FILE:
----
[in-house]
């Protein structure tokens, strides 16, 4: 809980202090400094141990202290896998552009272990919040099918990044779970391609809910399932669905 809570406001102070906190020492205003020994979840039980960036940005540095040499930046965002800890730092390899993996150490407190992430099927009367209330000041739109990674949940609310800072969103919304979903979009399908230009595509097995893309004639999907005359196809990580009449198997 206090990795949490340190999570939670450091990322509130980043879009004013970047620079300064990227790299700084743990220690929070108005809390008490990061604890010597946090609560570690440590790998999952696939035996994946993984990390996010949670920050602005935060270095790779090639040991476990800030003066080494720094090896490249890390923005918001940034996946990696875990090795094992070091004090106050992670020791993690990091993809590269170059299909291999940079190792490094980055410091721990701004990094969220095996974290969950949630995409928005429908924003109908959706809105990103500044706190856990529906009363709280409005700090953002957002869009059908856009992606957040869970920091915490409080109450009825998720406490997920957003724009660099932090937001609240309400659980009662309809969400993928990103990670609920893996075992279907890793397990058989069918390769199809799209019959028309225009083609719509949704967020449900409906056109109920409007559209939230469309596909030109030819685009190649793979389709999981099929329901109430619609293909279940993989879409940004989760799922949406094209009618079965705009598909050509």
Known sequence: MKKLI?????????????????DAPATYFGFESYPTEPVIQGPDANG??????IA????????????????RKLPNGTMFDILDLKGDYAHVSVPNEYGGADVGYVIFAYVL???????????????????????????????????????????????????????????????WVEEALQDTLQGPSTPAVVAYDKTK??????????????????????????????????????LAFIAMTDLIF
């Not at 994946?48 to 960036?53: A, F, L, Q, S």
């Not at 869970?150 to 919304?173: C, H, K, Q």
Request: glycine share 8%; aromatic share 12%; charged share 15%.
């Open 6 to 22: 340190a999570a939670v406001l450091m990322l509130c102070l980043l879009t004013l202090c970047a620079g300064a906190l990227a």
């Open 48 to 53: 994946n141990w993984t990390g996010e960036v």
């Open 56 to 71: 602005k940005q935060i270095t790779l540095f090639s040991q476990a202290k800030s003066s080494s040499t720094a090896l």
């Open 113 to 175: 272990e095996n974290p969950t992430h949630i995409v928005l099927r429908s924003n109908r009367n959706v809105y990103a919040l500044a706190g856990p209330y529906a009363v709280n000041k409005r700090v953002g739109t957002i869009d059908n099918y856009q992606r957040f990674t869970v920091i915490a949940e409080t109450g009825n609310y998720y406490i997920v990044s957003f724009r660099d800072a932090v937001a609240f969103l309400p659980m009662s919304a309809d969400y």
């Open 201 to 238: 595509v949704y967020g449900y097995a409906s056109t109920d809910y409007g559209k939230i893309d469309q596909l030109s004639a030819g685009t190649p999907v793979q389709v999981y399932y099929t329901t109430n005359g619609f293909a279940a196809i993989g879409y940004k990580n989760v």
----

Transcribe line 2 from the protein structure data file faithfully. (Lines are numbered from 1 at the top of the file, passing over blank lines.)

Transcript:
């Protein structure tokens, strides 16, 4: 809980202090400094141990202290896998552009272990919040099918990044779970391609809910399932669905 809570406001102070906190020492205003020994979840039980960036940005540095040499930046965002800890730092390899993996150490407190992430099927009367209330000041739109990674949940609310800072969103919304979903979009399908230009595509097995893309004639999907005359196809990580009449198997 206090990795949490340190999570939670450091990322509130980043879009004013970047620079300064990227790299700084743990220690929070108005809390008490990061604890010597946090609560570690440590790998999952696939035996994946993984990390996010949670920050602005935060270095790779090639040991476990800030003066080494720094090896490249890390923005918001940034996946990696875990090795094992070091004090106050992670020791993690990091993809590269170059299909291999940079190792490094980055410091721990701004990094969220095996974290969950949630995409928005429908924003109908959706809105990103500044706190856990529906009363709280409005700090953002957002869009059908856009992606957040869970920091915490409080109450009825998720406490997920957003724009660099932090937001609240309400659980009662309809969400993928990103990670609920893996075992279907890793397990058989069918390769199809799209019959028309225009083609719509949704967020449900409906056109109920409007559209939230469309596909030109030819685009190649793979389709999981099929329901109430619609293909279940993989879409940004989760799922949406094209009618079965705009598909050509």